Wednesday 17 March 2010
Remembrance of things past
I'm about to enter into something of a political minefield. I shall have to be careful, to move on tiptoes, to stand in carefully prepared positions. Do try to bear with me as I make my way towards the end and-please-no sudden movements!
For Eastern Europe the Second World War did not end in 1945, something we are increasingly coming to terms with in the West. No, one form of occupation was simply substituted for another. It was an occupation that was to last for almost fifty years, bringing all sort of personal and national traumas. It was an occupation in the case of Latvia, Lithuania and Estonia, the three Baltic States, that entailed the long term prospect of cultural extinction. So there are demons that have to be exorcised in these places, places where the brief Nazi occupation was replaced by a lengthy Soviet one; places where the Russians are hated even more than the Germans.
David Cameron came in for some criticism from the likes of Edward McMillan-Scott, a former Tory MEP, now a Liberal Democrat, for aligning the Conservative Party in the European Parliament with such organisations as Latvia's Fatherland and Freedom Party. I should pause and say I have no idea what a euro wet like McMillan-Scott was doing in the Conservative party in the first place, but that only makes my passage all the more difficult. Cameron has also been criticised by David Miliband, Banana Man himself, our benighted and incompetent Foreign Secretary, describing his association with Fatherland and Freedom as "sickening". Why? Because Fatherland and Freedom in Riga today commemorated the men who fought and died in the Latvian SS Legion.
This is the part of the field where the mines are packed most closely together; so I have to be highly cautious, highly careful, watching each step as I go. The commemoration was for those Latvians, teenagers mostly, who fought, not for the Germans, but to prevent the return of the Soviets, who in a brief occupation of 1940-41 deported thousands of people to Siberia. Still, those who know the history of the Legion will also know it was not only made up of selfless patriots and fighters. No, some of its recruits came from the police, men who were more involved in killing Jews than in fighting Russians. But those who were not, those who served in the fighting battalions, continue to be honoured by many Latvians as defenders of their freedom in some of the darkest days in the nation's history.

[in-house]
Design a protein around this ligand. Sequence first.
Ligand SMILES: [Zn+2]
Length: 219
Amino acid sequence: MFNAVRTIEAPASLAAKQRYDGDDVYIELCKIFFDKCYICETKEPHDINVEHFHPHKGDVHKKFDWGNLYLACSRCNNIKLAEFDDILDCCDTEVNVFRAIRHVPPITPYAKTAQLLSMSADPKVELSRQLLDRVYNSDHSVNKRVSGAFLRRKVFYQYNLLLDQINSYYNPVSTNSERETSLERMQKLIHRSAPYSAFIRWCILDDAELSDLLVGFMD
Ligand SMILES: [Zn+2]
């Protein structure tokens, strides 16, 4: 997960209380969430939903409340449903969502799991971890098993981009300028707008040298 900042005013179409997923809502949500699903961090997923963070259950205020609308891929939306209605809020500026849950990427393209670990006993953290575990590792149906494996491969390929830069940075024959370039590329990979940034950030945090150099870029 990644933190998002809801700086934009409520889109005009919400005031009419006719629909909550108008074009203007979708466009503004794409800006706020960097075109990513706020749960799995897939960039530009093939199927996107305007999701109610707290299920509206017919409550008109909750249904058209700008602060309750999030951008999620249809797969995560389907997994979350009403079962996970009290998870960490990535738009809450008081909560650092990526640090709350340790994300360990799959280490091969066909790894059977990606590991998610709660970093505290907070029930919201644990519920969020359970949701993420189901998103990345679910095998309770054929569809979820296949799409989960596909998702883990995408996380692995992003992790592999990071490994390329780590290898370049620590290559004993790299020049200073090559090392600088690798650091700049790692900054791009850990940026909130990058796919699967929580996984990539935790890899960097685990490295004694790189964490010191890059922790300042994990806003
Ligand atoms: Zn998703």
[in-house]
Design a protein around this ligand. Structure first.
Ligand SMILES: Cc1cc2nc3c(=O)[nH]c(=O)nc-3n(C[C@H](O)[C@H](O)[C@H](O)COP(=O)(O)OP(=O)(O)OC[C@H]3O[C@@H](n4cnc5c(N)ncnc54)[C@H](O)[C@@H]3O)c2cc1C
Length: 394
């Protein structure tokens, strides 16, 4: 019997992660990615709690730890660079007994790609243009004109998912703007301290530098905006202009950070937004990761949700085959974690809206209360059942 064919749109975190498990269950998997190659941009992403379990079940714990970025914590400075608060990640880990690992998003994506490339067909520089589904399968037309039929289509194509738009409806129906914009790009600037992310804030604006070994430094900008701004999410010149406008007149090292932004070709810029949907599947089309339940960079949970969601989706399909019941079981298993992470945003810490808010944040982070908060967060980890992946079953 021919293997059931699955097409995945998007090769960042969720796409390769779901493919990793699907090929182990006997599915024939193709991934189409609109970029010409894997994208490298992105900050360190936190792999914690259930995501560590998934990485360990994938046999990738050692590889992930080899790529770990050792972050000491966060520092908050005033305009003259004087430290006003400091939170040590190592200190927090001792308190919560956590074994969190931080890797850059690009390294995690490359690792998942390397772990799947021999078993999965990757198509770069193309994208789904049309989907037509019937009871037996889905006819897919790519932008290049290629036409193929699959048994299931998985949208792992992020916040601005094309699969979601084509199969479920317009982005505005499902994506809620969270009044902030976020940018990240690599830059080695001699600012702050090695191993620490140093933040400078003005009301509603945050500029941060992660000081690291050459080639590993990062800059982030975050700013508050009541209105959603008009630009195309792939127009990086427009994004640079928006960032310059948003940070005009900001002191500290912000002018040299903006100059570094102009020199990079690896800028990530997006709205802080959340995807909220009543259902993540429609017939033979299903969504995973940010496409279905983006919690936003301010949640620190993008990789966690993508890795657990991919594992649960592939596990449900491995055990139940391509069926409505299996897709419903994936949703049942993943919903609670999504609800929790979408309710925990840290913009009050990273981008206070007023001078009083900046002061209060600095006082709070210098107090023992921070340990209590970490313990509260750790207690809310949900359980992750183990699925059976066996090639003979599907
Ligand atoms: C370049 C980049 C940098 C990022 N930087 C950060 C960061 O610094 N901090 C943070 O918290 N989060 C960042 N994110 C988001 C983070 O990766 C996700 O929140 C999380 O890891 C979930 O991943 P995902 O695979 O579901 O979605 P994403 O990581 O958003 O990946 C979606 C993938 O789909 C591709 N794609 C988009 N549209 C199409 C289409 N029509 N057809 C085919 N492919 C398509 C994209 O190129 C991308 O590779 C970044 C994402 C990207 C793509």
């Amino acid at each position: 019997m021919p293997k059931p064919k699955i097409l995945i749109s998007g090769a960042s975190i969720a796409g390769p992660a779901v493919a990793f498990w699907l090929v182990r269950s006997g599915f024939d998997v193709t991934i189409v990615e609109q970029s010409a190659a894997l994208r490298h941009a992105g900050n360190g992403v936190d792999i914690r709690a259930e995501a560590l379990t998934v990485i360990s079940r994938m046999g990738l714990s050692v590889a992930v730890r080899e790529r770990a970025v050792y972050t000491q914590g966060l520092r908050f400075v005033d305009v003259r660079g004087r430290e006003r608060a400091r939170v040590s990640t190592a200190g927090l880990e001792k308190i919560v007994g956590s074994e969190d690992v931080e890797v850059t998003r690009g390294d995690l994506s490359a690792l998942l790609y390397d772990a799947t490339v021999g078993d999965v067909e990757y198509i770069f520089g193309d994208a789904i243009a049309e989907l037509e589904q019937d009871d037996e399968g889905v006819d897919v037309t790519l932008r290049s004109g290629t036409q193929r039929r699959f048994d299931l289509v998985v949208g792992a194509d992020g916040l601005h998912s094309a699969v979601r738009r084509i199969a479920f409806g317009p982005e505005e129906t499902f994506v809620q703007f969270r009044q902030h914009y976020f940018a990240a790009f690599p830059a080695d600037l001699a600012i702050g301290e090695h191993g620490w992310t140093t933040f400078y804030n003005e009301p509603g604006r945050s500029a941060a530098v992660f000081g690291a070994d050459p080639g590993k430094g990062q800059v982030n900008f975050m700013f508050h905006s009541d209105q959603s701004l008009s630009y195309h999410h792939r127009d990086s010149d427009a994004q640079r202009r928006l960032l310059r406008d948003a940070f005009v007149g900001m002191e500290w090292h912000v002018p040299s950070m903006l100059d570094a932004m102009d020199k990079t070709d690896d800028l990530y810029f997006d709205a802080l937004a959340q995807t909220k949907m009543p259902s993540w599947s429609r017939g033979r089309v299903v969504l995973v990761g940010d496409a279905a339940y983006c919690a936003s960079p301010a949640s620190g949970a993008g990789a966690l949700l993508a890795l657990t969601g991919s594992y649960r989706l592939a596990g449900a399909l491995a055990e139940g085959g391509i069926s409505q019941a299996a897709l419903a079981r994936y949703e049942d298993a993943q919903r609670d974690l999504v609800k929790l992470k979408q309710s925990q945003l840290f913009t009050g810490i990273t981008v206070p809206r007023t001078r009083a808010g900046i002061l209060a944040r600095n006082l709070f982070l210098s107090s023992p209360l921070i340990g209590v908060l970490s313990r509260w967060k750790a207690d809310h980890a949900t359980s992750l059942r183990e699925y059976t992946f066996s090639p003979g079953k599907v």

It's almost impossible to imagine what it would be like to be forced into this kind of choice; of serving alongside one opponent in countering another. I'm working my way through Paul Scott's The Jewel in the Crown quartet of novels about the final years of the British Raj. In A Division of the Spoils, the last of the four, he touches on the officers and men, serving in the British Indian Army and captured by the Japanese in the Malaya and Burma campaigns, men who subsequently went on to enrol in the so-called Indian National Army. This collaborationist force was set up under the guidance of Subhas Chandra Bose, an extreme member of the Indian National Congress. The aim was supposedly to serve alongside the Japanese in the 'liberation' of India, though a deeper aim was to prevent the substitution of one Raj for another. These men, the memory of these men, is not without honour in modern India.
And so it was, it might very well be argued, with the men of the Latvian SS, who served only as soldiers and died only as soldiers. But the very acronym 'SS' carries such a burden of horror that it's almost impossible to be objective, almost impossible to see things in dispassionate terms. Perhaps it is wrong for the Latvian Freedom Party to make this a political focus for an emergent nation; perhaps there are some things best forgotten. But for a long time Latvians had no choice but to forget. This recovery of memory, even an unhappy memory, is part of a process of coming to terms with a sublimated past.
There, I'm through. :-)